Walking up to the temple we were greeted by a friendly llama who walked right up to the fence to take freshly picked grass from our hands. Behind our new friend were the outlines of the ornately lavish temple and plumes of heavily scented, brightly colored plumes of chalk. We eagerly walked the half mile (the closest parking we could find) and said hello to the passerbys dressed head to foot in purple, pink, yellow, and blue chalk.
The scene surrounding the temple was awe inspiring. Crowds chanting along with the live band, Hare Krishna, Hare, Hare! they sang. Explosions of color burst like fireworks above the chanters. It's like a happy war, I said. The whole scene felt dreamy and unreal. A giggle escaped at the craziness of it all.
The Hare Krishnas were celebrating Holi, the arrival of Spring, a tradition that has been celebrated in India since ancient times. The merriment was greeted gladly by throngs of people that included a bonfire, chanting and singing, and the throwing of brightly colored chalk. There could be no better way to celebrate Spring.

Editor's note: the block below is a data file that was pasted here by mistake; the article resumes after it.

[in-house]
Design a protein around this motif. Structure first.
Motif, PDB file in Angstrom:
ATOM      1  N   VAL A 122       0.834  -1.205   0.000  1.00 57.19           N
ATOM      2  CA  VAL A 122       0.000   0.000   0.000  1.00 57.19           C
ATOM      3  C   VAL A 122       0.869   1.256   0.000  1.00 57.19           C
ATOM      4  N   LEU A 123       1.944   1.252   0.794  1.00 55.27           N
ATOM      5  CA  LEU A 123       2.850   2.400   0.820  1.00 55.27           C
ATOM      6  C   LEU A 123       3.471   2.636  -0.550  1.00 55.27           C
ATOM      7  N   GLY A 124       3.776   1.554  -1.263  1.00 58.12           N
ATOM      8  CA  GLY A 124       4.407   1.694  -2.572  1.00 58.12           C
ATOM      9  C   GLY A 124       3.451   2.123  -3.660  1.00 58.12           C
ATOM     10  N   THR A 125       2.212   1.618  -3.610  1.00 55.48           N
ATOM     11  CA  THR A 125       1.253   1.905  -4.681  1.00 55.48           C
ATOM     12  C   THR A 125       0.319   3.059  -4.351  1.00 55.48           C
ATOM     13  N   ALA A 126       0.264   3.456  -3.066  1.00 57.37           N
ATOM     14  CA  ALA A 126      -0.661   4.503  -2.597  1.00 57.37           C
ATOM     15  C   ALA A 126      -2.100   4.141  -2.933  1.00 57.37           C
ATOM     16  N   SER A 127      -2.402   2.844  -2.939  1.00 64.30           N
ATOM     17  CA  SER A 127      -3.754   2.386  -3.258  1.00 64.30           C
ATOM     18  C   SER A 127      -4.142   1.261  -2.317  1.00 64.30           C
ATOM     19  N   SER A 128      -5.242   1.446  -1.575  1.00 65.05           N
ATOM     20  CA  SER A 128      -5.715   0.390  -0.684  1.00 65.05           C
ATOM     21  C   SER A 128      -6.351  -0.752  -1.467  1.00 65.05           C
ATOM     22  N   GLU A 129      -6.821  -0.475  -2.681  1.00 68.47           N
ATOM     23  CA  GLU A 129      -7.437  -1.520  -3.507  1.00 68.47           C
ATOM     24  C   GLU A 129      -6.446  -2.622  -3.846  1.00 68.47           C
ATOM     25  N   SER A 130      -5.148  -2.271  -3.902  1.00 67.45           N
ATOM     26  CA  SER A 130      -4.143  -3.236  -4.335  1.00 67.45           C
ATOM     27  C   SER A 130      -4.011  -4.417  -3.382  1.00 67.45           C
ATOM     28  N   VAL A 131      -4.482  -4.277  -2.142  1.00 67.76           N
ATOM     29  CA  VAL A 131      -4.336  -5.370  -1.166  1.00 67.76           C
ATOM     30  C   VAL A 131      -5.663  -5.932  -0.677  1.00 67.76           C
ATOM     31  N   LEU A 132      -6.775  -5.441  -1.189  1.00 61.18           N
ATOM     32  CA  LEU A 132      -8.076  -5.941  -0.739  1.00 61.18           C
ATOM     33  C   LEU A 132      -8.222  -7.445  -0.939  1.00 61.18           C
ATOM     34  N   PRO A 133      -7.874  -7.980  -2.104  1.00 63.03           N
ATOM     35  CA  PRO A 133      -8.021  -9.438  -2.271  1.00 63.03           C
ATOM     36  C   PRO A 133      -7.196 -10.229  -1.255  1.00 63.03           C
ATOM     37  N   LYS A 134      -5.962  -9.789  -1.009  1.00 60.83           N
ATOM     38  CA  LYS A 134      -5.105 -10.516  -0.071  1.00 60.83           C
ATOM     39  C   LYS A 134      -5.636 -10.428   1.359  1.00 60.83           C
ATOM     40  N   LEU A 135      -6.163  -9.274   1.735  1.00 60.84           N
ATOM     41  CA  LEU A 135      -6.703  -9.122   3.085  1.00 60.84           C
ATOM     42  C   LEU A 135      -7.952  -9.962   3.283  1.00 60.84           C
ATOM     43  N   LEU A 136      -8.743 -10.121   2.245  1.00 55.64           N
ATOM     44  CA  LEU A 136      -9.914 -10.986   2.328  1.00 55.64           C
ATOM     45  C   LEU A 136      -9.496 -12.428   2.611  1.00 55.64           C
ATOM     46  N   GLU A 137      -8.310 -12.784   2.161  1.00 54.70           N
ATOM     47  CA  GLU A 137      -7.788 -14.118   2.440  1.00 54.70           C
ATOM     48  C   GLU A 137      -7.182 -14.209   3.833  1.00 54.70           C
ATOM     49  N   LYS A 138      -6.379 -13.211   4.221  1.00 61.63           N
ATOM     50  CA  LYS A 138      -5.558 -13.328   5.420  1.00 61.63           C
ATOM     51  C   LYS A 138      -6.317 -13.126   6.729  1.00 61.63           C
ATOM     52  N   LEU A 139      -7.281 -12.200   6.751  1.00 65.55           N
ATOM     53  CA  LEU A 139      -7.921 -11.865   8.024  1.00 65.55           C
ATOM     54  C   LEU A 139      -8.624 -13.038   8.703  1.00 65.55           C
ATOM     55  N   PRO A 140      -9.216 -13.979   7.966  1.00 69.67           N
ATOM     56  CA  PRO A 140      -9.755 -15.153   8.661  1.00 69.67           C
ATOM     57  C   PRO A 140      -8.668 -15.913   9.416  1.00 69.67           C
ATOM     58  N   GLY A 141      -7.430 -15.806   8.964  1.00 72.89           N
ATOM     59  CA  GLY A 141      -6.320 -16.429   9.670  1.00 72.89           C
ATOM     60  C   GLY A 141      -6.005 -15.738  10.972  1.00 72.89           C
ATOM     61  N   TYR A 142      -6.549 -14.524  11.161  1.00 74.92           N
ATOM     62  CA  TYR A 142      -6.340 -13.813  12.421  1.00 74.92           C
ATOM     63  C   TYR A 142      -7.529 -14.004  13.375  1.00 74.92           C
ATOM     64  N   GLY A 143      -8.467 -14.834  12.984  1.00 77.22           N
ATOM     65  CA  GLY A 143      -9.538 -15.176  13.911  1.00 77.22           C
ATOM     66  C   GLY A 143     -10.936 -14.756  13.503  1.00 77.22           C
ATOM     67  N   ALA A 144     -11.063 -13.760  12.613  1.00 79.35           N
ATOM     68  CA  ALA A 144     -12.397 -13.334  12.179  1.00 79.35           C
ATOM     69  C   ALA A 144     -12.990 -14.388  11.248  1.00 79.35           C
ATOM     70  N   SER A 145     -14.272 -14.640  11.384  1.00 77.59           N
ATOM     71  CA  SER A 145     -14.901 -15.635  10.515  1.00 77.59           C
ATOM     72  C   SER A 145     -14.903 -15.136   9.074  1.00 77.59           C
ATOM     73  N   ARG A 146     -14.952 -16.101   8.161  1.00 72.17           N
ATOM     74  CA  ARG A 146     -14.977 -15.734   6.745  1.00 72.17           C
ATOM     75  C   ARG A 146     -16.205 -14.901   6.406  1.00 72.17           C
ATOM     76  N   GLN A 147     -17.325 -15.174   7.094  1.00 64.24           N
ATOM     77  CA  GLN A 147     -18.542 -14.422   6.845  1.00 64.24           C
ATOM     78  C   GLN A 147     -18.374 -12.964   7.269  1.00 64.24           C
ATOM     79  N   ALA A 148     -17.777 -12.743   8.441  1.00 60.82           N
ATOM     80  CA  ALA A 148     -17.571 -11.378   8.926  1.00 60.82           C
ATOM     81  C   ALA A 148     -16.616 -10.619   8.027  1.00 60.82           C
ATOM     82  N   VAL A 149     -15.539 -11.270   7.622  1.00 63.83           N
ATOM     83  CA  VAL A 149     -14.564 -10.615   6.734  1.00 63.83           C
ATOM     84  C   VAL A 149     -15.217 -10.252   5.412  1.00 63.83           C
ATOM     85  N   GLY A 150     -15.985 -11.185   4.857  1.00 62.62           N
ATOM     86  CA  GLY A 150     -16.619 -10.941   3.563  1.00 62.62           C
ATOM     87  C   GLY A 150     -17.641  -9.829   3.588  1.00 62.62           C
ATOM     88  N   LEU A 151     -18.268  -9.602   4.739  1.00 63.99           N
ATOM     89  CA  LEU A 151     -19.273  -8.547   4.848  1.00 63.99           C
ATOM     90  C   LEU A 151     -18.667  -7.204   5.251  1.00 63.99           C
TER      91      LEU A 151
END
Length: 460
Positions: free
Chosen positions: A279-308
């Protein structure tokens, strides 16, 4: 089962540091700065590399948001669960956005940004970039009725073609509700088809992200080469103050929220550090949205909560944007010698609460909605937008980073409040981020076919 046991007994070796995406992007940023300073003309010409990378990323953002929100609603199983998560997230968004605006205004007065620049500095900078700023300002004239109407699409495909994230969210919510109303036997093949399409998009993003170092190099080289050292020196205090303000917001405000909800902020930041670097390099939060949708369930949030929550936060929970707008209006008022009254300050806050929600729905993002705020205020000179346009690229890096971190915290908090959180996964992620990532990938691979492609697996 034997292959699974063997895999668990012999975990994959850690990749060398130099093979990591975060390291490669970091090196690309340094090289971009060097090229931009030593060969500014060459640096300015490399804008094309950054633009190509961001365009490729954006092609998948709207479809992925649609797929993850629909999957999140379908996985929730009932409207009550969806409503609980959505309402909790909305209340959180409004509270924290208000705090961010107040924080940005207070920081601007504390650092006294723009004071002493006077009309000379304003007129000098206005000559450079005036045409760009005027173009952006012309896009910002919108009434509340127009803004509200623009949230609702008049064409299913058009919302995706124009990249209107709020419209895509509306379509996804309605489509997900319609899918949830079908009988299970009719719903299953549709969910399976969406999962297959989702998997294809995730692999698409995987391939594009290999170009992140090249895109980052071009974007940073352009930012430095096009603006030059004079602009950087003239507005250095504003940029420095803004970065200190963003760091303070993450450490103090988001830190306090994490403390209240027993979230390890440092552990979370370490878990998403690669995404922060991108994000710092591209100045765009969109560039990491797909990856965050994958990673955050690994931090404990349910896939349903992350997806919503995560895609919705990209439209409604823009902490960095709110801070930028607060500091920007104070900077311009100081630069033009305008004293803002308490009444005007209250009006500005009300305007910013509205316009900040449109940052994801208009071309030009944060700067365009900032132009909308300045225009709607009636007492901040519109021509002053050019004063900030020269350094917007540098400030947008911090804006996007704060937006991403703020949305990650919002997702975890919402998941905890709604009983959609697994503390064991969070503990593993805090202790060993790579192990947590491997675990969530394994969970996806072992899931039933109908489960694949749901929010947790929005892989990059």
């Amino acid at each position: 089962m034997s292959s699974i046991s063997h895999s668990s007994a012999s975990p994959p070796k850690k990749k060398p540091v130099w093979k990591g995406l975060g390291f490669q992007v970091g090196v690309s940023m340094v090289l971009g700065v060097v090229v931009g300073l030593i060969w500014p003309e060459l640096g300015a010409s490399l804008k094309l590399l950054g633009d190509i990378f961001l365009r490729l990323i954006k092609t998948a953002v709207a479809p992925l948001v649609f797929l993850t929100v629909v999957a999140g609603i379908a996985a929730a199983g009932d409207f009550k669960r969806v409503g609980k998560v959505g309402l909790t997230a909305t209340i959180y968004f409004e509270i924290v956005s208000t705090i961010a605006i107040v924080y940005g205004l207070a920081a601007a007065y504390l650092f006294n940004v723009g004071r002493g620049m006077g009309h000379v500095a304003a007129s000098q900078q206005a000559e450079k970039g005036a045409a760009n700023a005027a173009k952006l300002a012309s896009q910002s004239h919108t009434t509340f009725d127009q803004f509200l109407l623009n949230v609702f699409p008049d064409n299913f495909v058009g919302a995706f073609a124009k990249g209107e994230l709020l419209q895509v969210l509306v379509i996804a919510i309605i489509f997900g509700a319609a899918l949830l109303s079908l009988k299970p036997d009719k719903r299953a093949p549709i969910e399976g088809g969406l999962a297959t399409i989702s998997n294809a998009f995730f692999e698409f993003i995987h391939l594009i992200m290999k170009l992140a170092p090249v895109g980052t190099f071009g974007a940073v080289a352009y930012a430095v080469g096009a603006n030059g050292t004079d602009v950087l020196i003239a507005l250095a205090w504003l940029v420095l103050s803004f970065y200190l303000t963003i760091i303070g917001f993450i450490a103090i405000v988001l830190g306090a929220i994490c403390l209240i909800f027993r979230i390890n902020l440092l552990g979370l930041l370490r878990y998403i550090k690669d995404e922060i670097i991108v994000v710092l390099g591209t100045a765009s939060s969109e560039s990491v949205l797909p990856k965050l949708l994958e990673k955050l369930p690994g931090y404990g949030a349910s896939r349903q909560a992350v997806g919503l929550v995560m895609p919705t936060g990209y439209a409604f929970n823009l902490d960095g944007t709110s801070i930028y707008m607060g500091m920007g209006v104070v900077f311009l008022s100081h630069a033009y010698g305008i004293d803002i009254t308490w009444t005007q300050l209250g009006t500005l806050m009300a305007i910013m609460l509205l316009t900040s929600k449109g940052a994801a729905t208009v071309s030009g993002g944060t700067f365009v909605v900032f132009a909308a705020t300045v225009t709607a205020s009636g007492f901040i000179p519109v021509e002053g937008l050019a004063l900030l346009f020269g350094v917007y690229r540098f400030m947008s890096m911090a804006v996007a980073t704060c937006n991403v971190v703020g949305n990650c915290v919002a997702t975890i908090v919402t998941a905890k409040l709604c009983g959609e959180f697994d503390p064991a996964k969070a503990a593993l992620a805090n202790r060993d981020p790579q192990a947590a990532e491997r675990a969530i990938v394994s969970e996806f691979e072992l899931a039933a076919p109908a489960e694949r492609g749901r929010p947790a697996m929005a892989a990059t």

Sadly the chalk had run out by the time we made it, but Xavier was lucky enough to get sprayed by a handful of pink to the back of the head. He enjoyed this until the chalk made its way into his mouth and then he was spitting pink for the rest of our time there. Just like the llamas.
Walking back to the car felt like we were leaving an exotic, mystical land where the scenery is breathtaking, the language is sung in chants, and all the people are technicolor.